Boaties heading out onto the waters of Hawke's Bay over the summer are being reminded that wearing a lifejacket while under way is compulsory and fines will be dished out if people fail to get the "put it on" message.

As Hawke's Bay Regional Council harbourmaster captain Phil Norman made clear, the compulsory wearing of lifejackets was included in a set of new bylaws introduced last January, and covered all marine craft 6m or less in length and all craft propelled by oars.

That included waka, kayaks and canoes.

The "under way" bylaws state that jackets must be worn while the craft is being prepared to set out and while being propelled.


"If you are anchored for fishing you do not need to wear it, but the minute you up anchor to move off, the lifejacket must be worn."

Mr Norman said the council was one of a growing number that had introduced bylaws outside of Maritime Rule 91 which requires that there must be enough lifejackets on board for each passenger - but it does not demand they be worn while under way.

He said council compliance officers would be "strongly monitoring" waterborne activities throughout the summer and through to Queen's Birthday weekend.

"We want to spread the message and we will ultimately enforce it."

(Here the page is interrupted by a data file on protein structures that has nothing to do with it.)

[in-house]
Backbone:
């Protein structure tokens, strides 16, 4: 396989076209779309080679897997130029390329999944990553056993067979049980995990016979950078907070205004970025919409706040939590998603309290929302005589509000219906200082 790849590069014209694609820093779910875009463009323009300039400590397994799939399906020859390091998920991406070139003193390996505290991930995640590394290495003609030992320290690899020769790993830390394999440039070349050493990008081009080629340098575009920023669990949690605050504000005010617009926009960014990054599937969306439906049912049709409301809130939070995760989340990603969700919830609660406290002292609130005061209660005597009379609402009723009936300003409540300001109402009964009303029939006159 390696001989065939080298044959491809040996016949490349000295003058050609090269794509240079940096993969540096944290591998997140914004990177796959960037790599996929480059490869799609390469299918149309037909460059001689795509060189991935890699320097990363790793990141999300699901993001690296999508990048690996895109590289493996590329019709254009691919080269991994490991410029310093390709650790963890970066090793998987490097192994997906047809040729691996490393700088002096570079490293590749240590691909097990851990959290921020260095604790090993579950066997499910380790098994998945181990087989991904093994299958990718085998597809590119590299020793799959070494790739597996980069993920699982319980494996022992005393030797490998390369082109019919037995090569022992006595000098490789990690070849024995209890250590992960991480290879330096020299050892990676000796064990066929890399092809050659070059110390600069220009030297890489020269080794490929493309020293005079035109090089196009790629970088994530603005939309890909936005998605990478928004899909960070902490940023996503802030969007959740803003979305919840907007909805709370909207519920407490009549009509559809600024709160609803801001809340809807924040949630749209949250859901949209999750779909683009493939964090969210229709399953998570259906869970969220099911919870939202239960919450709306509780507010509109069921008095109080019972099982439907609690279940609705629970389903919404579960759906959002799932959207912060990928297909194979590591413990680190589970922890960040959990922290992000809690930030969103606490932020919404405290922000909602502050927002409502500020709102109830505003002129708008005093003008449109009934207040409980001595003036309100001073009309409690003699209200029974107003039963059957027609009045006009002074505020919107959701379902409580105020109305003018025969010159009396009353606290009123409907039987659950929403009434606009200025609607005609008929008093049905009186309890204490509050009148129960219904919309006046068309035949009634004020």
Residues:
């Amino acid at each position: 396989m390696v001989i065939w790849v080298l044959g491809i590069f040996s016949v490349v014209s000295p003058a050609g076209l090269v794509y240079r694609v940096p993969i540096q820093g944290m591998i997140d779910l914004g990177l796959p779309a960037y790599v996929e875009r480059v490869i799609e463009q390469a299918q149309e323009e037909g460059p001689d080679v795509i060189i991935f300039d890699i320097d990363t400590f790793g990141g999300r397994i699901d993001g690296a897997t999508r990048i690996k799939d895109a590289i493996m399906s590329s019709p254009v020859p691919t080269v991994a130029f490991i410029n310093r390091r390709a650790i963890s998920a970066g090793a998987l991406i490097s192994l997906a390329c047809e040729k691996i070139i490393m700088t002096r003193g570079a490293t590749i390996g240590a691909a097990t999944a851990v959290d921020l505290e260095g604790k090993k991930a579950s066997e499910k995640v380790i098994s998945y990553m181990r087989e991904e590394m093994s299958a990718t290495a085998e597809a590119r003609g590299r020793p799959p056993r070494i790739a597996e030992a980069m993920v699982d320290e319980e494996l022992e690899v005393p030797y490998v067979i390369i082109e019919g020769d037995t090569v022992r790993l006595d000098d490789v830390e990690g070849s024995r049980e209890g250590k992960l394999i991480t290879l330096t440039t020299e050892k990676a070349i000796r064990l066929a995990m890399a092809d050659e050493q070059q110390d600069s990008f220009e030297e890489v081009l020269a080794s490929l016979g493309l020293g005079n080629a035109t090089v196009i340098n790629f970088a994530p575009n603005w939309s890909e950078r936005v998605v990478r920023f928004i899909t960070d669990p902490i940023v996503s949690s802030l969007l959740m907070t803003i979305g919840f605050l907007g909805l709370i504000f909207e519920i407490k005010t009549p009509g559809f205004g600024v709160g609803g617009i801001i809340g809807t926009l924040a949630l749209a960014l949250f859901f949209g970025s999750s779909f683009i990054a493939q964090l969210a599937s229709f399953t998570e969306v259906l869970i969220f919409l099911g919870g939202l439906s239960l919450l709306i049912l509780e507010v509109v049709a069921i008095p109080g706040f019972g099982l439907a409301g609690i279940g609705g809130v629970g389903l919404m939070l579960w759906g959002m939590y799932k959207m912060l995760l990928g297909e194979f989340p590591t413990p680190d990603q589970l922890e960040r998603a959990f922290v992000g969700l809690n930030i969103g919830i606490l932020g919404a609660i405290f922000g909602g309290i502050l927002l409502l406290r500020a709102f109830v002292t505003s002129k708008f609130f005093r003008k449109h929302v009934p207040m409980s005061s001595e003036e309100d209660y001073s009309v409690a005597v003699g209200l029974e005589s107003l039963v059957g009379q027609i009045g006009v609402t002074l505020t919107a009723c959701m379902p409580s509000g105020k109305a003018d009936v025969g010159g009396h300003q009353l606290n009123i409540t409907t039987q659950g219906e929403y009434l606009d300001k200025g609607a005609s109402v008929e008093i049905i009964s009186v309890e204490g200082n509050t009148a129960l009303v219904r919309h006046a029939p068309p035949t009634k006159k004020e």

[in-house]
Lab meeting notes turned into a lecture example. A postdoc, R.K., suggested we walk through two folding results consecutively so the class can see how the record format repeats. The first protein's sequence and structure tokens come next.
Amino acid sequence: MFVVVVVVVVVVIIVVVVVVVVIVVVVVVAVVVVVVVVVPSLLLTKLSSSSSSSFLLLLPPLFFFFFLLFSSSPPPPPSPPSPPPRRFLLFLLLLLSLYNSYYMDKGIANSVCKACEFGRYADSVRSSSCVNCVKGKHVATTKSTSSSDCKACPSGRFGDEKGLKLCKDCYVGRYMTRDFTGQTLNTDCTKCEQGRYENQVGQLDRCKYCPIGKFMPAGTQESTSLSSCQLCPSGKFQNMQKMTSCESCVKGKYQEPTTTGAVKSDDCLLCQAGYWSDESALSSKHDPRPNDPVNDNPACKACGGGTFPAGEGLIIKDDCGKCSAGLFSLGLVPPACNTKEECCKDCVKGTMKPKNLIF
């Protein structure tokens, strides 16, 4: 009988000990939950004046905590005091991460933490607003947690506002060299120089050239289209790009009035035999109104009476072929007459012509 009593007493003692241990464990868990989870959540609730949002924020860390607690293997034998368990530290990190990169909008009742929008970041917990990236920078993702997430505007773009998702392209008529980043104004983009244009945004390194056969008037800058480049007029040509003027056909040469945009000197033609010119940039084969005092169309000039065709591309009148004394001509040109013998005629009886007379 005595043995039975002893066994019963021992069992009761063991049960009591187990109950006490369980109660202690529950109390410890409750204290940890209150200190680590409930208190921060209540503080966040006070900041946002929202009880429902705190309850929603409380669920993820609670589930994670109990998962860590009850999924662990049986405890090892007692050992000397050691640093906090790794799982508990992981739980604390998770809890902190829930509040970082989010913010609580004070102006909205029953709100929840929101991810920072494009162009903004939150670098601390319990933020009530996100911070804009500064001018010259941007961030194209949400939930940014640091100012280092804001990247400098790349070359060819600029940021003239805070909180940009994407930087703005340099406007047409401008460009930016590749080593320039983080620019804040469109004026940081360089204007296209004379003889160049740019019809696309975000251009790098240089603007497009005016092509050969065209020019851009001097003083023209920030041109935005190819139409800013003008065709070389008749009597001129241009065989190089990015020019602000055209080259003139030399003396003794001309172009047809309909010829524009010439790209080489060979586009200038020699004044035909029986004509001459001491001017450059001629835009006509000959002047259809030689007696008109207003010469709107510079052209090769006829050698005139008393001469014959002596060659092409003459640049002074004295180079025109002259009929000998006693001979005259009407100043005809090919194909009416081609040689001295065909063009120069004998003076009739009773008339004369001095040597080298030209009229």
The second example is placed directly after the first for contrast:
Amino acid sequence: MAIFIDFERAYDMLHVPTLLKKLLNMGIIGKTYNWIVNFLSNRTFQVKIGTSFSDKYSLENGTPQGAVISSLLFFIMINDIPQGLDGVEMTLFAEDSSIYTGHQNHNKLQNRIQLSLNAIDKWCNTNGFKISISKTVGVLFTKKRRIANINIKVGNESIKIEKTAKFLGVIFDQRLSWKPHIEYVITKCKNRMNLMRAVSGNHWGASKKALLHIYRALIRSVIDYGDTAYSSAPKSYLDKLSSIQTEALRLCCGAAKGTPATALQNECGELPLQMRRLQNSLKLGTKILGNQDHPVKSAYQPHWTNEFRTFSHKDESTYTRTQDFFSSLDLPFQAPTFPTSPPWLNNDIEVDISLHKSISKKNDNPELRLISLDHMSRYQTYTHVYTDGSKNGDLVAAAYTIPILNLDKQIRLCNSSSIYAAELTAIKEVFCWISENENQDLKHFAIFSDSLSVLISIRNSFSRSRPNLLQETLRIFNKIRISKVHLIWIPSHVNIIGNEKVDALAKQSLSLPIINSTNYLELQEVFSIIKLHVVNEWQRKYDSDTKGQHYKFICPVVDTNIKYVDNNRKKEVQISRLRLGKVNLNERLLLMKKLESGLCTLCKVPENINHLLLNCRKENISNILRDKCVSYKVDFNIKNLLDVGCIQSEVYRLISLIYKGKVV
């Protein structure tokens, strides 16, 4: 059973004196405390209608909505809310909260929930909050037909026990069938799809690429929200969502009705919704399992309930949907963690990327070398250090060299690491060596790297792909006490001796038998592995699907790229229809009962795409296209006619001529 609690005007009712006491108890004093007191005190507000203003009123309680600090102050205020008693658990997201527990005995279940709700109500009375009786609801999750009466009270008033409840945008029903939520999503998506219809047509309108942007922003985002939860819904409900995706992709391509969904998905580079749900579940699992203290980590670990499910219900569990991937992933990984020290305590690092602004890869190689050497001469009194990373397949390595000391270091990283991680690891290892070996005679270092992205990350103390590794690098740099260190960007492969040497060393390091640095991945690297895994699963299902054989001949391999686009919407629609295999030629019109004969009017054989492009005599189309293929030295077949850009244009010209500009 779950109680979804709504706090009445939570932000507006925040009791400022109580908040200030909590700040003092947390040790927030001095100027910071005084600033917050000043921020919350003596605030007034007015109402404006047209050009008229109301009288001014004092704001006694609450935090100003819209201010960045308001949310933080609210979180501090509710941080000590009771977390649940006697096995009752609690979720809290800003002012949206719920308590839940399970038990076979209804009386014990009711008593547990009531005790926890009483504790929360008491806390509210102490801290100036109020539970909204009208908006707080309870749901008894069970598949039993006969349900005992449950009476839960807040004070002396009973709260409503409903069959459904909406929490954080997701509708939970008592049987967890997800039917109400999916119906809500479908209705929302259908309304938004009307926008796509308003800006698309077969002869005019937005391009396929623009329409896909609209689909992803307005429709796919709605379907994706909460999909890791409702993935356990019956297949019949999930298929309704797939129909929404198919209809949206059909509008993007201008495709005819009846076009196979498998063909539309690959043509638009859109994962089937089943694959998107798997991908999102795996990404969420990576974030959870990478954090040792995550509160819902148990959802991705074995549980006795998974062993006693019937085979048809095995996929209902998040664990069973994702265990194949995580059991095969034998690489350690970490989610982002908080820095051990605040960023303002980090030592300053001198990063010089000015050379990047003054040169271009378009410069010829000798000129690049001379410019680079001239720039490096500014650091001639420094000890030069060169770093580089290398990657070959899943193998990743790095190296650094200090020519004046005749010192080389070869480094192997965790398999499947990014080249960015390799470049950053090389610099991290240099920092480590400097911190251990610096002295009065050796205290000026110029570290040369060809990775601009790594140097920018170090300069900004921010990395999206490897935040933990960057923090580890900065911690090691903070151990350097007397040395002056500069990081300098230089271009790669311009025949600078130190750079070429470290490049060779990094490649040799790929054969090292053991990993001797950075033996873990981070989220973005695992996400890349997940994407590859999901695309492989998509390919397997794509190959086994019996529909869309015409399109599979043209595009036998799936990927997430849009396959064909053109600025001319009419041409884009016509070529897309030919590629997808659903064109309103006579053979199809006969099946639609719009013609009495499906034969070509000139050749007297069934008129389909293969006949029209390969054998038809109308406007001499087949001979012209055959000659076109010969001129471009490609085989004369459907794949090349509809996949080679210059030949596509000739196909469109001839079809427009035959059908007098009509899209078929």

People found not wearing jackets while under way would be stopped and warned, and advised to get a copy of the bylaws and to read them.

They would have their details taken and they would be placed on a database.

"If they commit a repeat offence they will be issued with an infringement notice," Mr Norman said, adding the result of that could be a fine of up to $500.

Depending on the seriousness of the offence they could also end up facing a day in court.

"It is all about safety, and if we get to the end of the summer season and we haven't issued one notice then I will be very happy."

Mr Norman said clubs and marine groups were aware of the bylaws and ensured members complied.

"But it is getting through to people who do not belong to clubs - who may have just bought a boat or a kayak and intend taking it out."

He said part of the council's push had been to get the attention of youngsters.

"I was impressed with the kids' involvement in the 'Stop, drop and cover' campaign in September, and they took that message home with them."

The focus of getting the attention of youngsters saw the council, in conjunction with Firmans Marine in Napier, stage a water safety colouring competition which drew more than 50 entries and saw two happy youngsters, 7-year-old Tristan Smith from Wairoa and 11-year-old Zachary Burlace from Hastings, win a brand new lifejacket.